[box_alert]ATL Maranatha in Ultimo has closed. Visit them at Kensington![/box_alert]

In my continued quest for really good deep-fried chicken, I recently invited my sister to join me on a lunch adventure to ATL Maranatha.

After reading about this delicacy called Ayam Goreng Tulang Lunak (fried soft bone chicken) here, here and here, and discovering that a new branch had opened up nearby our workplaces, we just had to try it!

ATL Maranatha Ultimo

ATL Maranatha was the first restaurant to bring fried soft bone chicken to Australia. I’ve read that the Kensington restaurant is fairly small, but this new one at Ultimo is much larger. It still carries across its emphasis on self-service though. The above photo, shows the notepad and pen which we have to use to write down our own orders!

Everything else from cutlery to table water and prawn crackers are also self-serve.

ATL Maranatha Ultimo

The concept of fried soft bone chicken, is that chicken pieces
are cooked in a pressure cooker then deep-fried. This special cooking
technique makes the chicken bones so brittle, it becomes edible!

You read that right… the bones are edible.

The ‘special menu’ features three set menus, each at $18. We decide to share set menu A which include a 1/4 fried soft bone chicken, a plate of gado gado, a choice of fried tofu or tempeh, and a bowl of steamed rice.

Close up of ATL Maranatha fried soft bone chicken

Served with a delicious punchy sambal on the side, the chicken is hidden beneath our fried tofu and a snow of deep-fried batter bits – much like the Japanese tenkasu.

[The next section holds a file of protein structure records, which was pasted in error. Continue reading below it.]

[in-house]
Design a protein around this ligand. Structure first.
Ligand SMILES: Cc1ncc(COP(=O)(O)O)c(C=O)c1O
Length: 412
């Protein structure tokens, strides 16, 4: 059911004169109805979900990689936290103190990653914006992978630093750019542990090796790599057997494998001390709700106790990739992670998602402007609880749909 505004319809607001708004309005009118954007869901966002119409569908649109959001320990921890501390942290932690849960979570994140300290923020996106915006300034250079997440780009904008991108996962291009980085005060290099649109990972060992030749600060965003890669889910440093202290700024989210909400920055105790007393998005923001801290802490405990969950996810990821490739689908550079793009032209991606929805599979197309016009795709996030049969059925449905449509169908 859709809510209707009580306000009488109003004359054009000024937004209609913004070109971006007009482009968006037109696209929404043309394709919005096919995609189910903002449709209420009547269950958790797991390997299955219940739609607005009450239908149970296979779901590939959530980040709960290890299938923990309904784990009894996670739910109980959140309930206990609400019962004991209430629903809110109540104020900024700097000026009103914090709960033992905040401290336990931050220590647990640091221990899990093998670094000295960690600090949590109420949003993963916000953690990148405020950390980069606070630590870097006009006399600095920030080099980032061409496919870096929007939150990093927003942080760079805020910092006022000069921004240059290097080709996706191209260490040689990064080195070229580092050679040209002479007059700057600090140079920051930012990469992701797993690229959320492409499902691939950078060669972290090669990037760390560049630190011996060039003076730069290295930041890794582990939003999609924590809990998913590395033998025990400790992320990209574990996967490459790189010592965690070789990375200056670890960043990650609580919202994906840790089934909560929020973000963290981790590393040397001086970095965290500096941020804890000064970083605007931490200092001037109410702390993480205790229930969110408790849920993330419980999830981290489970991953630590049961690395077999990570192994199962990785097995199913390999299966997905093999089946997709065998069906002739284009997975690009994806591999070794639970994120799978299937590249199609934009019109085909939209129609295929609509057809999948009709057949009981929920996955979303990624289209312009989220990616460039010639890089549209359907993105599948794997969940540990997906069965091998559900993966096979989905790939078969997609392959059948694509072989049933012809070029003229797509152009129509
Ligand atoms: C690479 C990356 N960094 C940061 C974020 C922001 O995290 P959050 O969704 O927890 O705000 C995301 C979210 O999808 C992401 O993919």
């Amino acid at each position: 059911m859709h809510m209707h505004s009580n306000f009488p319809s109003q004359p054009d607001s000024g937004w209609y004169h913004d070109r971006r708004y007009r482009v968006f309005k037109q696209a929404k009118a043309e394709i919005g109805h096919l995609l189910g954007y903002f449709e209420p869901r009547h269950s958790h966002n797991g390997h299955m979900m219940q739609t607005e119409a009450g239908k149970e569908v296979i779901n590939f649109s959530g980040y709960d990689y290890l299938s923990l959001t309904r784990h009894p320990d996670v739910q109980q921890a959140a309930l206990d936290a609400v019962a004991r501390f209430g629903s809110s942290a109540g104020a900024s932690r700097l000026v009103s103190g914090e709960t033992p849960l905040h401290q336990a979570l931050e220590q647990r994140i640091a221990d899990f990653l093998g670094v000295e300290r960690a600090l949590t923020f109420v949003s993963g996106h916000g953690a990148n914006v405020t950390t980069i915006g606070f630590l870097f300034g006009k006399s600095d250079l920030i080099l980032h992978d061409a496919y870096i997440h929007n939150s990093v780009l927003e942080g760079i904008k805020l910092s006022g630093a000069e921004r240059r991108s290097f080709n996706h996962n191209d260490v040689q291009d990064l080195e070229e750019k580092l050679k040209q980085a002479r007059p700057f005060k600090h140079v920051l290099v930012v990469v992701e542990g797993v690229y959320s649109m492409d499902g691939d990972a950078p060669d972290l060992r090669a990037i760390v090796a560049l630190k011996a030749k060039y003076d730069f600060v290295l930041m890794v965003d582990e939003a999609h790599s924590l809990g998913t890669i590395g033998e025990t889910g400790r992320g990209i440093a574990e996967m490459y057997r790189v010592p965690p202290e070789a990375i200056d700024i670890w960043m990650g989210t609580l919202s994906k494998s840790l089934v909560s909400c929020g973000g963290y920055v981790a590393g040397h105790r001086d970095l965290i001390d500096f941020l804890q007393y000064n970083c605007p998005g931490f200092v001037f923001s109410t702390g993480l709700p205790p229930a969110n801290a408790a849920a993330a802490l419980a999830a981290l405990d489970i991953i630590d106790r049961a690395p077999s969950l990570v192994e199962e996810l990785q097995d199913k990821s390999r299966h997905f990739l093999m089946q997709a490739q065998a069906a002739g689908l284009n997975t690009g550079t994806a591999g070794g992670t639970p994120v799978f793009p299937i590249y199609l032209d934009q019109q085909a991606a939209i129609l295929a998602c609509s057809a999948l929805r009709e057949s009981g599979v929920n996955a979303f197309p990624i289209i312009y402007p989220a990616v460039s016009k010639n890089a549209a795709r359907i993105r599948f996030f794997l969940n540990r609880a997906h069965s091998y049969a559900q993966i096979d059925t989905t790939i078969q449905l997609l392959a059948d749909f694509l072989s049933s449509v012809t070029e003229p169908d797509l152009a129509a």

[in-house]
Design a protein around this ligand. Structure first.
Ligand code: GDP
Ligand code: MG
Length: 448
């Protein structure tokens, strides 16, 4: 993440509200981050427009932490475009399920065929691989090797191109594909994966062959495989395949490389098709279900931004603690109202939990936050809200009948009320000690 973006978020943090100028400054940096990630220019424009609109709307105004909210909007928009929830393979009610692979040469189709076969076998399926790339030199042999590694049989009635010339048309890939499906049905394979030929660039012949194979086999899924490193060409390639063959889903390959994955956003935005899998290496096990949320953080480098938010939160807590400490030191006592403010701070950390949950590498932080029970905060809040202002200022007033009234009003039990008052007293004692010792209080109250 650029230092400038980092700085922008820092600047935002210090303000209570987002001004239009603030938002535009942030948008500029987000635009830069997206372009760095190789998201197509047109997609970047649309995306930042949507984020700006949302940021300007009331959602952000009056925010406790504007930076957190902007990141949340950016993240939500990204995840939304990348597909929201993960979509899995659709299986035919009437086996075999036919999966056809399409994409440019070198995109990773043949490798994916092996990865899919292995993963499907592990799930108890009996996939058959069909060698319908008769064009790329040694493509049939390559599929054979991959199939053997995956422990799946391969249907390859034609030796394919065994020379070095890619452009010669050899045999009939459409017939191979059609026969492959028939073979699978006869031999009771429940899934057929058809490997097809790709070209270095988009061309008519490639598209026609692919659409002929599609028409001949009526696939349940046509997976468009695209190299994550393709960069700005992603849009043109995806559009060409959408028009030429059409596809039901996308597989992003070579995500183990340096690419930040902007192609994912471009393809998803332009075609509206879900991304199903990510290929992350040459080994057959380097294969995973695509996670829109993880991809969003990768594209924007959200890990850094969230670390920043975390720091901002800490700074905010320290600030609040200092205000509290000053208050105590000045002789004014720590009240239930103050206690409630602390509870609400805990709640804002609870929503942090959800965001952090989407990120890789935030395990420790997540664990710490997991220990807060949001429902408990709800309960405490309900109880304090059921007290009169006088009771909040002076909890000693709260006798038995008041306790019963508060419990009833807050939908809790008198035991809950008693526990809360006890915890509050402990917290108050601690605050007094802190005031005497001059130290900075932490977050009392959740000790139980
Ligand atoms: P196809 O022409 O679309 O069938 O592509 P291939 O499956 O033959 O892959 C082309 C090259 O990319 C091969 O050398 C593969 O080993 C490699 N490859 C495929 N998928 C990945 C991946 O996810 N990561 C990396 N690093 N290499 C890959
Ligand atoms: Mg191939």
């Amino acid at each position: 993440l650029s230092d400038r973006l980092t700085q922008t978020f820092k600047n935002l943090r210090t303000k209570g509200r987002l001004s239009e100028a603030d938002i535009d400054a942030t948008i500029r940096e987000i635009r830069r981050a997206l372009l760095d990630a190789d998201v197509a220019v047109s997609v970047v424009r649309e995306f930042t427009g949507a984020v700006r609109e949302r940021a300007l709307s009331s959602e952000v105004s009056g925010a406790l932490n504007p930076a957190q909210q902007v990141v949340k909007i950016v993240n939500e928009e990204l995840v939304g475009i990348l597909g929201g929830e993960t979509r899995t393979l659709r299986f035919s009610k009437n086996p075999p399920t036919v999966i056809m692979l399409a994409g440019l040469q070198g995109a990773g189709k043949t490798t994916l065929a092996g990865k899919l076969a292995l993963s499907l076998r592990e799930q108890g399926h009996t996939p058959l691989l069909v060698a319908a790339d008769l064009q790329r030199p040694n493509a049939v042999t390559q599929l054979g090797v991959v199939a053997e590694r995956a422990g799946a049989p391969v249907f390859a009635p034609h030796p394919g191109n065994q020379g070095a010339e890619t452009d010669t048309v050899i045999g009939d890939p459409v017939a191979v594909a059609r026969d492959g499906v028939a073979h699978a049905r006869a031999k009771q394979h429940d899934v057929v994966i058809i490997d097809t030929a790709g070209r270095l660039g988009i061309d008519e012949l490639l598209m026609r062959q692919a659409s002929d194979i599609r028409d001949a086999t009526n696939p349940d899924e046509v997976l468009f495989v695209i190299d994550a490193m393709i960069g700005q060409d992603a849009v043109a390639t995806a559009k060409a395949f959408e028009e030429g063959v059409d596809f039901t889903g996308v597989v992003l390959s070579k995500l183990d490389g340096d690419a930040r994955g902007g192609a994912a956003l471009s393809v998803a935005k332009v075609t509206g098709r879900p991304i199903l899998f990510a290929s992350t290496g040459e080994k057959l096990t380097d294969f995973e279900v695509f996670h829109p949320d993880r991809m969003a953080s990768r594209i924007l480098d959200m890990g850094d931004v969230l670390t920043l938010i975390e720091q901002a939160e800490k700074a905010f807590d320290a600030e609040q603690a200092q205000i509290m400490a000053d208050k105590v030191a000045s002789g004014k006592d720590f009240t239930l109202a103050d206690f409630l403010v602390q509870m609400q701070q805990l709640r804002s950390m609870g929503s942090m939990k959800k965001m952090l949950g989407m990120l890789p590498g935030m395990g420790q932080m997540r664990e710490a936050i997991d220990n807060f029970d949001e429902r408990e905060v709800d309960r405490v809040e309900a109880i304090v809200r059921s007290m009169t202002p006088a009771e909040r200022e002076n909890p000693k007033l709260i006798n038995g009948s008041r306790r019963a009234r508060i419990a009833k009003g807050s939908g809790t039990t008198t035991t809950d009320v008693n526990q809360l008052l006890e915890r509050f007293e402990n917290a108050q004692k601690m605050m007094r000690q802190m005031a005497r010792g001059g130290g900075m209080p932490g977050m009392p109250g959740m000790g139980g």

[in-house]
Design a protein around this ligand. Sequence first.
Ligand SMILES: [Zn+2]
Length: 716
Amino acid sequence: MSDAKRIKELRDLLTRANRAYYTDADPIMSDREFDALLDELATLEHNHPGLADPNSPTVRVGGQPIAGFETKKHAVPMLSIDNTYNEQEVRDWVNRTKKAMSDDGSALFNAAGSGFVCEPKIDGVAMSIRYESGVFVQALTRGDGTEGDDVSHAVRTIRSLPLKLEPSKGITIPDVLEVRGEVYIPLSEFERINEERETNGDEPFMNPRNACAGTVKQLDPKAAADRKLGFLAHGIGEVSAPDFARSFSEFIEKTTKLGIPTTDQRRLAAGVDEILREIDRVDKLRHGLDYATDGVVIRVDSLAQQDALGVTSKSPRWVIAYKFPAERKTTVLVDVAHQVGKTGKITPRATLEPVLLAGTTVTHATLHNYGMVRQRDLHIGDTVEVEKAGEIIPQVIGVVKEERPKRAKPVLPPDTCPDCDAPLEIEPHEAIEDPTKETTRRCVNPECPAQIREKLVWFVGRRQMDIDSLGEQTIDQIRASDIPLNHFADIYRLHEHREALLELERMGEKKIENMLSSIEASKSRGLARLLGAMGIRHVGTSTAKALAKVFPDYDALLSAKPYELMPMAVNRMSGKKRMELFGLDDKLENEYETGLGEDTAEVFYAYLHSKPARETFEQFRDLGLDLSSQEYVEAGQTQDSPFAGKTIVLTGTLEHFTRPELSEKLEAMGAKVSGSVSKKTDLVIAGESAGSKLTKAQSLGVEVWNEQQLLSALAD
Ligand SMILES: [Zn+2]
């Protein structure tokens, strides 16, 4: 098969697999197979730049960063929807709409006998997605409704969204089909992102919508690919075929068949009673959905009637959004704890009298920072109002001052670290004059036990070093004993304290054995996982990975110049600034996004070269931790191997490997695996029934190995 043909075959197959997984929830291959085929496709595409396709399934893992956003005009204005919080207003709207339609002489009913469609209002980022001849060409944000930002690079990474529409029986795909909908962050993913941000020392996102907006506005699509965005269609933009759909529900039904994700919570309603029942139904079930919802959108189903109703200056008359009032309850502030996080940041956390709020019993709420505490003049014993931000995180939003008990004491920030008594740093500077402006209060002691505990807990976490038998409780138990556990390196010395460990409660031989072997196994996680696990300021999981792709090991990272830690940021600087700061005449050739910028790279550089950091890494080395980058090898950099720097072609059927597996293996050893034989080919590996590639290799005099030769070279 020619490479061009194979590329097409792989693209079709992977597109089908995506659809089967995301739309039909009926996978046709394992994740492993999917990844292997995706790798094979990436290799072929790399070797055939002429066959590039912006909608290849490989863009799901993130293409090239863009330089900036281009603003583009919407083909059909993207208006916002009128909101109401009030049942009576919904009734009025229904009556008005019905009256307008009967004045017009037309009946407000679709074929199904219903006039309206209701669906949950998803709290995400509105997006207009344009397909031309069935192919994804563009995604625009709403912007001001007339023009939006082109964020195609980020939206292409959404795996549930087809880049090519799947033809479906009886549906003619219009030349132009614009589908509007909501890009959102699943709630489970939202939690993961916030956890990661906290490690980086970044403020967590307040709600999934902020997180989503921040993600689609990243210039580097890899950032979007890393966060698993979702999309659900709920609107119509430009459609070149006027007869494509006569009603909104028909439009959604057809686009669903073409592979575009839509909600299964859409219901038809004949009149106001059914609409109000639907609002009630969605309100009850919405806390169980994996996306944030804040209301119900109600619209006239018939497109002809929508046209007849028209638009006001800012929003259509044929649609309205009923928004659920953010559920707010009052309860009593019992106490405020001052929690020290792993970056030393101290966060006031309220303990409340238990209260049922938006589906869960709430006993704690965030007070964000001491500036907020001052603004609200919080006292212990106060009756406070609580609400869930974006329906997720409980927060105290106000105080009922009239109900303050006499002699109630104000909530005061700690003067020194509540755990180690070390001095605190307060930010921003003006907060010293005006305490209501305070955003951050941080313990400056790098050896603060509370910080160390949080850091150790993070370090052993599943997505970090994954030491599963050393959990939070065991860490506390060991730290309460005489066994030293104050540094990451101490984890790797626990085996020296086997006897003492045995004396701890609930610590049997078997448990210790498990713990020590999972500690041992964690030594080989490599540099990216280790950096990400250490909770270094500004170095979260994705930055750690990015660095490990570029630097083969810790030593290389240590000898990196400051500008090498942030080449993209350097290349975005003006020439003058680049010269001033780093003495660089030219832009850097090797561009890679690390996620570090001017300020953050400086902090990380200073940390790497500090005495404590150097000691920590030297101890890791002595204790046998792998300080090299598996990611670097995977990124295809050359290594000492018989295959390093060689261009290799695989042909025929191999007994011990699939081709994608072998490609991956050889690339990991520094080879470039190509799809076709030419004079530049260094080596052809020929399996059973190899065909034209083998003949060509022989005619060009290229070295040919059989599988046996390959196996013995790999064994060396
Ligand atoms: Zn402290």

Every slice of chicken is cut with ease. It’s a strange sensation cutting through a bone. Visually, it looks like any other ordinary bone which you’d eat around, but this one shatters upon slight pressure.

Taste-wise, the bone is like crumbly bone marrow… Meanwhile, the chicken meat is perfectly tender and juicy.

Fried soft bone chicken at ATL Maranatha

The gado gado is blanched water spinach, bean sprouts, cucumber, and iceberg lettuce with peanut sauce, fried onion and prawn crackers. It isn’t anything spectacular but it does make the meal appear more balanced! 😉

Gado Gado at ATL Marantha

To finish, we share the Es Campur ($5), a dessert-like drink featuring avocado, jackfruit, palm seeds and various jellies in a rose syrup flavoured milk. The Mardi Gras of colours and the variety of textures makes this such a fun dish to end the lunch-time adventure with!

Ais Campur at ATL Maranatha

I’ve eaten here a few times since my first encounter and the novelty of eating fried soft bone chicken is slowly rubbing off. It’s not really something I crave but it does get me excited every time I think about eating an entire chicken maryland and not leaving a single crumb or bone behind!

So I’ve ticked this one dish off the list now… Would you try it?

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ATL Maranatha
Shop 96, Taragon Central, 732 Harris Street, Ultimo, NSW
(There’s also an entrance on George Street just opposite Railway Square)
Phone: (02) 9281 7879
Opens Mon-Sun, 11am-10pm

ATL Maranatha on Urbanspoon

Also at Kensington:
61 Todman Avenue, Kensington, NSW
(Corner of Todman Avenue & Baker Street)
Phone: (02) 9663 3410
Opens: Mon-Sat, 11am-4pm & 6-9pm; Sun 12-4pm & 6-9pm; closed Tues & Wed


  1. wow… fried soft bone chicken, interesting. Never tried it, but I do get that sense of accomplishment(?) after devouring tender bones in those tasty pork broth mum used to make using pressure-cookers.


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